You see, I’m learning that patience is a virtue, and it’s not God-given. It’s something you (I) really have to work at continually. So it may be easier to cry with tears of frustration, yell at strangers, or snap at people I love, but is that really solving the issue? Wouldn’t it just be better to go with the flow and not sweat the little things in life? I think so.
But, I think there are times when impatience is hard to overcome. Like when I’m hungry. I can turn into the Incredible Hulk if I-Don’t-Get-Something-To-Eat-Right-Now! Come on, you know what I mean. So I picked out some quick and easy lunches this week to encourage my more patient outlook on life. I’m all about quick. And easy.
Oh yeah, did I mention delicious? And Delicious.
By the way I quartered this recipe to make it for one person. That’s me. Oh yeah, and the original recipe used acorn squash, but I like the sweetness of kabocha. (Actually it was all I had, but worked really well.)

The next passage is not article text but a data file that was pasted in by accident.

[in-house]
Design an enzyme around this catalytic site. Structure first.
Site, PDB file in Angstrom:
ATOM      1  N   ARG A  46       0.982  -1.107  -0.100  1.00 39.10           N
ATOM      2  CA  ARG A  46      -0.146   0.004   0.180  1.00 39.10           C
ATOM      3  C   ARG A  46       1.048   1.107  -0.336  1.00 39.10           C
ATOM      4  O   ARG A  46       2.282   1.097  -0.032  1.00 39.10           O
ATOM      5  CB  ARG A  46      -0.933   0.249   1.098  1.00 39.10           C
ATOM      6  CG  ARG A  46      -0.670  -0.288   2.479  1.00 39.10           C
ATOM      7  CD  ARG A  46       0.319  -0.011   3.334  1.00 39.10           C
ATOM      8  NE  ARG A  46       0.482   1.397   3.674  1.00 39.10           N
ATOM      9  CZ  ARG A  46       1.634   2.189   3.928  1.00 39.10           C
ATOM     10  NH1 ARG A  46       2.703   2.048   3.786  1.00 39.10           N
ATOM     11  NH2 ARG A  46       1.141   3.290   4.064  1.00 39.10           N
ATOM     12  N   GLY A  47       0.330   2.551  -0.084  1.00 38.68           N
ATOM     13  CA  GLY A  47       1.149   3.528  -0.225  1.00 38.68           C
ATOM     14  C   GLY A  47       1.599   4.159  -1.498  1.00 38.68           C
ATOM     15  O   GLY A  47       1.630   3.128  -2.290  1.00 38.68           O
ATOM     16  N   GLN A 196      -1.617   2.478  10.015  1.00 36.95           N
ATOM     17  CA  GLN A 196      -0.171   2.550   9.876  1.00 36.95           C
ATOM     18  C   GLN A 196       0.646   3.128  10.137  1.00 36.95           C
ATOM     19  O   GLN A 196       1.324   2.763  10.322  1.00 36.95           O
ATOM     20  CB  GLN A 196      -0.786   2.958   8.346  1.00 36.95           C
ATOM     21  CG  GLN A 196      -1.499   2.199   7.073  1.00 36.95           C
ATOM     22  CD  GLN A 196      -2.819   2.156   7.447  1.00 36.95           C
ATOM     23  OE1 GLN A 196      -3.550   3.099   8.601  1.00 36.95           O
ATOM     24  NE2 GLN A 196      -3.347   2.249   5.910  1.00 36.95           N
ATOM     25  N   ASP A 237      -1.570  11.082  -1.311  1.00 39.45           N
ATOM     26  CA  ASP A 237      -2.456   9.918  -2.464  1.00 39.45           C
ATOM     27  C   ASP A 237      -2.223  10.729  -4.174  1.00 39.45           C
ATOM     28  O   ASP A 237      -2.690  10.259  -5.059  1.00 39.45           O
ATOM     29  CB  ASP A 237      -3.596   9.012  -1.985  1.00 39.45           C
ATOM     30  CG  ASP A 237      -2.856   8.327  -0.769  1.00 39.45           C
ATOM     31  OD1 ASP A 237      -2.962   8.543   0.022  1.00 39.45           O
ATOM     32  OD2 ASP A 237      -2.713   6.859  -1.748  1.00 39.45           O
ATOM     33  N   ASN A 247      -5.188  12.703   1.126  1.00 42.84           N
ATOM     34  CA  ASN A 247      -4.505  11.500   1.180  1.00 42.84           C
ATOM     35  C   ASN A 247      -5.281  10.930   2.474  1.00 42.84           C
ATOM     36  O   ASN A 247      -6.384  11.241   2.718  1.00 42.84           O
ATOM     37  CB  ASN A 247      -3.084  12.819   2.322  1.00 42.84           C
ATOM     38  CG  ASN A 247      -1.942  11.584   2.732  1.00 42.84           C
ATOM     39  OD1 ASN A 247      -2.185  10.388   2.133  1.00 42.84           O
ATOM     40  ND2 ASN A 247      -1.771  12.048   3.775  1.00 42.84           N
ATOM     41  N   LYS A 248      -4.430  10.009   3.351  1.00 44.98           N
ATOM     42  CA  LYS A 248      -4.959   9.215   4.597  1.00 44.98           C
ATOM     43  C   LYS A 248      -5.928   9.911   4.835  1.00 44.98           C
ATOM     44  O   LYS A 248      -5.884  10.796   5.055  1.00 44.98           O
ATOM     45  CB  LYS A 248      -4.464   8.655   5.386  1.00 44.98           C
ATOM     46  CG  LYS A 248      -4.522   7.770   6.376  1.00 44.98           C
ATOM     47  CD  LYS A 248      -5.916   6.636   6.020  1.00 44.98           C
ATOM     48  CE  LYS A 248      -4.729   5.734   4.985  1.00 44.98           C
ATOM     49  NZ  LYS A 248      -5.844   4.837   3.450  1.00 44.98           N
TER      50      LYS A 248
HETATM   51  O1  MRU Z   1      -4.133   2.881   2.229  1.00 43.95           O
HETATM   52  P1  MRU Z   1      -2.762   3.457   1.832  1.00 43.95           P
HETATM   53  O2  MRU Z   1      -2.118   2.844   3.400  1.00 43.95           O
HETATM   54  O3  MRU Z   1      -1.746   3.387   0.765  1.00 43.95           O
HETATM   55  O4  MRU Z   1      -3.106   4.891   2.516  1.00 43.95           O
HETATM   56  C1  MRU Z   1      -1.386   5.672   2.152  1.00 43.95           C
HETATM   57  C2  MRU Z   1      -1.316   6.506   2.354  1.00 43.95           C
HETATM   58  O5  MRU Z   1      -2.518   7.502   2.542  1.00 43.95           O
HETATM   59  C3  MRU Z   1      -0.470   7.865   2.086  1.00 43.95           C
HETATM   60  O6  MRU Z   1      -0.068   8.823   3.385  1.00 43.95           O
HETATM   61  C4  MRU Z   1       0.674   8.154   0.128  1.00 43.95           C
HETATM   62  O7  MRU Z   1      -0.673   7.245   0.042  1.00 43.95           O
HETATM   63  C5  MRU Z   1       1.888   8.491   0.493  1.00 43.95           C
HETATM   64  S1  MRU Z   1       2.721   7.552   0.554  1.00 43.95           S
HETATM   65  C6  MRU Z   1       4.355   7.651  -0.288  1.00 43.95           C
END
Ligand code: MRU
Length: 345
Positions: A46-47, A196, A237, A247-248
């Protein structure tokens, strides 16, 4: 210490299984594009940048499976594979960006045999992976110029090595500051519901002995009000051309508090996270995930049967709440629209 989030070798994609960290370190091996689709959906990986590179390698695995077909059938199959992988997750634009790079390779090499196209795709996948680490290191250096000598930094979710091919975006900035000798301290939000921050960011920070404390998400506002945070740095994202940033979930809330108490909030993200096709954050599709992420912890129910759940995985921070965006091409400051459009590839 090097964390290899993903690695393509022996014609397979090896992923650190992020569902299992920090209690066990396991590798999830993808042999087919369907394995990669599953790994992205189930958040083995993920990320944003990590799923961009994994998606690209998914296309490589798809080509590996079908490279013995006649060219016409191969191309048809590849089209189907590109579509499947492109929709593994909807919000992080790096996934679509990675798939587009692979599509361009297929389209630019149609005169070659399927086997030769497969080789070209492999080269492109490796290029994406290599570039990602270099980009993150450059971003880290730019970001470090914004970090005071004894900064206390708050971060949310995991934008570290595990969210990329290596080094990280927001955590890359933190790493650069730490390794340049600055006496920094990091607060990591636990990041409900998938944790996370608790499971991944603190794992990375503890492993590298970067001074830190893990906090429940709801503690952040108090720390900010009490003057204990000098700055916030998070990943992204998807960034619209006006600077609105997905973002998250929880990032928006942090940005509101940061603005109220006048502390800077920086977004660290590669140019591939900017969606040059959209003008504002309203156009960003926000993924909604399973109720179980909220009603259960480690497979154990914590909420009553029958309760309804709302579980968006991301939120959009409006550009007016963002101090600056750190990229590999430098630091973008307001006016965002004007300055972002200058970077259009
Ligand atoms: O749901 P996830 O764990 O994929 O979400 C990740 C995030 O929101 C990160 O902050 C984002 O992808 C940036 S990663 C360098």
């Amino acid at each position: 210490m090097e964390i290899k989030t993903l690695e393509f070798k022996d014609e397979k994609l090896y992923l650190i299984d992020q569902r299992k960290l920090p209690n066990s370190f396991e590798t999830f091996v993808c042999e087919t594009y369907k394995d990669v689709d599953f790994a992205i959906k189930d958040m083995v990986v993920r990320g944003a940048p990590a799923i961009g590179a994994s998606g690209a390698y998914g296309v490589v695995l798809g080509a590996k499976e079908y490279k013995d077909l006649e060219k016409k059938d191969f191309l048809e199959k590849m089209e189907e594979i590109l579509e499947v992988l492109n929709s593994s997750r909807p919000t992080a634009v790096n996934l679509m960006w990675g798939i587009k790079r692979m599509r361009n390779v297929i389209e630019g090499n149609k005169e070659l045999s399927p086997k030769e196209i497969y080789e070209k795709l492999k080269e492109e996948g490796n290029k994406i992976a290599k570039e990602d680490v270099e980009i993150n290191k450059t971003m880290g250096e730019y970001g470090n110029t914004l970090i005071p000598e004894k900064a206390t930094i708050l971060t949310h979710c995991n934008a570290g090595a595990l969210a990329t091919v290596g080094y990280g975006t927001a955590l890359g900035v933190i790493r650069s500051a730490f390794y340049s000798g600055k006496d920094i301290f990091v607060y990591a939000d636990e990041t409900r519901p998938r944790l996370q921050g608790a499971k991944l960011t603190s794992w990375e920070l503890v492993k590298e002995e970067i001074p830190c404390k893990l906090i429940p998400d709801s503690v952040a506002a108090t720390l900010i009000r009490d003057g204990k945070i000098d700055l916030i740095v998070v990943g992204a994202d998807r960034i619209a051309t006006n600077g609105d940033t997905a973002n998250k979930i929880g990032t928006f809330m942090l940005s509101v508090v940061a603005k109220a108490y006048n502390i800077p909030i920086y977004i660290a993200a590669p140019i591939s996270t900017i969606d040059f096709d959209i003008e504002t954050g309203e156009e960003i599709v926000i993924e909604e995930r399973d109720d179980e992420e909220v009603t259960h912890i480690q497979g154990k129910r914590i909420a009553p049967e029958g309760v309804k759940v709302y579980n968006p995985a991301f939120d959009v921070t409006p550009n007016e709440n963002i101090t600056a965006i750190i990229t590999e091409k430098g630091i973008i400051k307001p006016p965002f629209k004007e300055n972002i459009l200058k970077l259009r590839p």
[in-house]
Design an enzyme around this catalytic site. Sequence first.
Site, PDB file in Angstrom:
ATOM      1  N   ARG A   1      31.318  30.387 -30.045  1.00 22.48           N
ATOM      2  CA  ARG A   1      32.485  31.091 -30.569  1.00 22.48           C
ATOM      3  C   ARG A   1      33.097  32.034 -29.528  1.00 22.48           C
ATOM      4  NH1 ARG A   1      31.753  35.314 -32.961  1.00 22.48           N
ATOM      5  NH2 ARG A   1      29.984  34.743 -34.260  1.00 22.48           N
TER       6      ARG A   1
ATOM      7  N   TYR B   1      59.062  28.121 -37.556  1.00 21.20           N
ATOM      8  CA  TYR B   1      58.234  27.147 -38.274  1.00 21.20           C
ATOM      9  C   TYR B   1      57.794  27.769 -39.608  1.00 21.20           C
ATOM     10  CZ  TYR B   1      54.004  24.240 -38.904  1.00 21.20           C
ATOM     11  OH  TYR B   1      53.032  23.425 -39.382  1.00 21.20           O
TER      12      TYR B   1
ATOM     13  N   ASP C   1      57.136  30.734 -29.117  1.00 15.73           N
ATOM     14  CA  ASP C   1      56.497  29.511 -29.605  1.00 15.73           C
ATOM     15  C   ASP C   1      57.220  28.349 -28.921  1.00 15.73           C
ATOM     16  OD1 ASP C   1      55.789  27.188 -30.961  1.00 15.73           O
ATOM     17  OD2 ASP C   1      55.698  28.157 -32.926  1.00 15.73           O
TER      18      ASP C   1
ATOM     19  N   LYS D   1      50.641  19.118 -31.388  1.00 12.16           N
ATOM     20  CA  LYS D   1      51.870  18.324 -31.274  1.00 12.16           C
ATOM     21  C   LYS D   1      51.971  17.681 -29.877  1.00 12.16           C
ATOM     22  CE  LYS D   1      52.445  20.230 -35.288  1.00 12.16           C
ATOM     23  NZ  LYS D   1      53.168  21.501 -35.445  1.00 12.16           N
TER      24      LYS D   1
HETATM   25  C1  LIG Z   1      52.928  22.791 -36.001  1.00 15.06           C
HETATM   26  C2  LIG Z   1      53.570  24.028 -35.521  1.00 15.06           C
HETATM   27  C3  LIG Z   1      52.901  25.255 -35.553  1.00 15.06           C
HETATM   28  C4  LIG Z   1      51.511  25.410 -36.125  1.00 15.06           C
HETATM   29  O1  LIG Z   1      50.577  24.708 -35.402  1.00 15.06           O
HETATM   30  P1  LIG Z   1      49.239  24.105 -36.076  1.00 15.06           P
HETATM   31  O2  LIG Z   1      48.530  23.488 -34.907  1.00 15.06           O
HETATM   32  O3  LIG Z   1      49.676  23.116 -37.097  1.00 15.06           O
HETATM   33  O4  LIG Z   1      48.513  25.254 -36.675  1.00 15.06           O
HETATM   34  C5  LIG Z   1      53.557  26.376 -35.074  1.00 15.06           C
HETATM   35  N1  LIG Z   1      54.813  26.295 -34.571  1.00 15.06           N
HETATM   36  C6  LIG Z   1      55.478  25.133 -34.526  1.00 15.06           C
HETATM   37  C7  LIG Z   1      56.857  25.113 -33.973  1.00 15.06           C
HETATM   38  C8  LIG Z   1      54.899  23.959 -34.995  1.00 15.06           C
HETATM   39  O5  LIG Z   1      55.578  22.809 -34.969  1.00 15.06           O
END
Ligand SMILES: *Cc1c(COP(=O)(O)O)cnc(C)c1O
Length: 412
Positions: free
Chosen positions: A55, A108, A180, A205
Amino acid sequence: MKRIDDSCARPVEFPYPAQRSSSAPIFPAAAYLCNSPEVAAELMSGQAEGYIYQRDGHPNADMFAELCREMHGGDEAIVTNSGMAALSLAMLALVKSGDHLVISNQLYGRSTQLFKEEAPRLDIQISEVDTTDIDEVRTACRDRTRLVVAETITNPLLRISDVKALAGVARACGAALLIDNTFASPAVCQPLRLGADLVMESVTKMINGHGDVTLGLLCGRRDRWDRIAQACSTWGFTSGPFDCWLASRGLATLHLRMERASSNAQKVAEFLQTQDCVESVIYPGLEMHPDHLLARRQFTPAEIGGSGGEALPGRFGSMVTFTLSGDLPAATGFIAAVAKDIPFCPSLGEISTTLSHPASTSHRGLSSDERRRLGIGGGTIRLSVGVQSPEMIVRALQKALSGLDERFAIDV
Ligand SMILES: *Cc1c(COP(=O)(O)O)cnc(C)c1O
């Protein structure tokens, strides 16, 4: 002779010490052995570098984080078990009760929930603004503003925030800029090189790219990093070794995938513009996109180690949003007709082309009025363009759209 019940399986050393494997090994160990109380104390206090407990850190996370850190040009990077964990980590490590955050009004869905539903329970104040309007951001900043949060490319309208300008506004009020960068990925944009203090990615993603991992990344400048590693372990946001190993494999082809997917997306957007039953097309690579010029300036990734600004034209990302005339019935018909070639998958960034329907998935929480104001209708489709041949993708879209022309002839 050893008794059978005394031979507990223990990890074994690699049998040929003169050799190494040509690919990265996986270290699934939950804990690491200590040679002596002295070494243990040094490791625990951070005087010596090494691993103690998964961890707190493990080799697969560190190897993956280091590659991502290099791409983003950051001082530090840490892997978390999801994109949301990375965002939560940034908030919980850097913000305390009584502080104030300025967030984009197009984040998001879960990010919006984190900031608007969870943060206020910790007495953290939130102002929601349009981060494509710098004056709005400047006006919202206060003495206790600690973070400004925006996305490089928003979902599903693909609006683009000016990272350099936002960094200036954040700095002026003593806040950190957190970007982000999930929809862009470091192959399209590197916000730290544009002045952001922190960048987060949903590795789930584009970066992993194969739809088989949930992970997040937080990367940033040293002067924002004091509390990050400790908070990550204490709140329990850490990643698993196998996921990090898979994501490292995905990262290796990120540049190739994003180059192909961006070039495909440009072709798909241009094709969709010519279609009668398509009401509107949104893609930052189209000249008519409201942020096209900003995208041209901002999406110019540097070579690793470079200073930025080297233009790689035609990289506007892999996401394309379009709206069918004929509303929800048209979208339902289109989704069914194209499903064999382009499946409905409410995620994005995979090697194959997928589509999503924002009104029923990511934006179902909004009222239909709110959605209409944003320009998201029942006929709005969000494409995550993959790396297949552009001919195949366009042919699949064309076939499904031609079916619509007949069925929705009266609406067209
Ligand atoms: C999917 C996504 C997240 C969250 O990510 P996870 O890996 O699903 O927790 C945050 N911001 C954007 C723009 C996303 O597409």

- 4 6 oz boneless, skinless chicken breasts, flattened to 1/2″ thickness
- 1 kabocha squash, peeled and sliced into 3/4″ slices
- salt and pepper
- olive oil
- 1 garlic clove, minced
- juice from 1 lime
- 1 red chili, minced
- 2 tbs chopped cilantro
Preheat oven to 230C (450F). Season squash with salt, pepper, and olive oil, then arrange on a baking sheet and put in the oven for 20 minutes.
While the squash is cooking, heat a medium size skillet on medium-high heat and drizzle about a tablespoon of olive oil, enough to coat the bottom of the pan. Season chicken with salt and pepper. Cook 3-4 minutes per side. When chicken is done, remove to a plate and allow it to rest for about five minutes.
In a small bowl, combine garlic, lime juice, chili, and cilantro. Whisk in about 3 tablespoons of olive oil. Set aside.
Transfer squash and chicken to a platter, then drizzle with the chili-lime vinaigrette. Really, really addicting.